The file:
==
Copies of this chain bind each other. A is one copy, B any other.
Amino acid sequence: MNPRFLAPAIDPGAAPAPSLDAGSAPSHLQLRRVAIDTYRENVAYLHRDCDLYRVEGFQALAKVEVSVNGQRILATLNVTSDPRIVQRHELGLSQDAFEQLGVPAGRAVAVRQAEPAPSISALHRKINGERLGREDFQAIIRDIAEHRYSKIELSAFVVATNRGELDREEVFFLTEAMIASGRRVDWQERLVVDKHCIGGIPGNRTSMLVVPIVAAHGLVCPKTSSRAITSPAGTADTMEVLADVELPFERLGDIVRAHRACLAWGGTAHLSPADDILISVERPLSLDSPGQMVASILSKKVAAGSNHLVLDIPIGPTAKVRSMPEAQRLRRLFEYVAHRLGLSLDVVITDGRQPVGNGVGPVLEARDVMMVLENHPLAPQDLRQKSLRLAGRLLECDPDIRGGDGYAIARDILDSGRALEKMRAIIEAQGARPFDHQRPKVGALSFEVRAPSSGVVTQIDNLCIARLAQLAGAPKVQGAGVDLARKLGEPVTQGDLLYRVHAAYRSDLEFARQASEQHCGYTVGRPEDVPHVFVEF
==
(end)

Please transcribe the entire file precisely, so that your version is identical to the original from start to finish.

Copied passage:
Copies of this chain bind each other. A is one copy, B any other.
Amino acid sequence: MNPRFLAPAIDPGAAPAPSLDAGSAPSHLQLRRVAIDTYRENVAYLHRDCDLYRVEGFQALAKVEVSVNGQRILATLNVTSDPRIVQRHELGLSQDAFEQLGVPAGRAVAVRQAEPAPSISALHRKINGERLGREDFQAIIRDIAEHRYSKIELSAFVVATNRGELDREEVFFLTEAMIASGRRVDWQERLVVDKHCIGGIPGNRTSMLVVPIVAAHGLVCPKTSSRAITSPAGTADTMEVLADVELPFERLGDIVRAHRACLAWGGTAHLSPADDILISVERPLSLDSPGQMVASILSKKVAAGSNHLVLDIPIGPTAKVRSMPEAQRLRRLFEYVAHRLGLSLDVVITDGRQPVGNGVGPVLEARDVMMVLENHPLAPQDLRQKSLRLAGRLLECDPDIRGGDGYAIARDILDSGRALEKMRAIIEAQGARPFDHQRPKVGALSFEVRAPSSGVVTQIDNLCIARLAQLAGAPKVQGAGVDLARKLGEPVTQGDLLYRVHAAYRSDLEFARQASEQHCGYTVGRPEDVPHVFVEF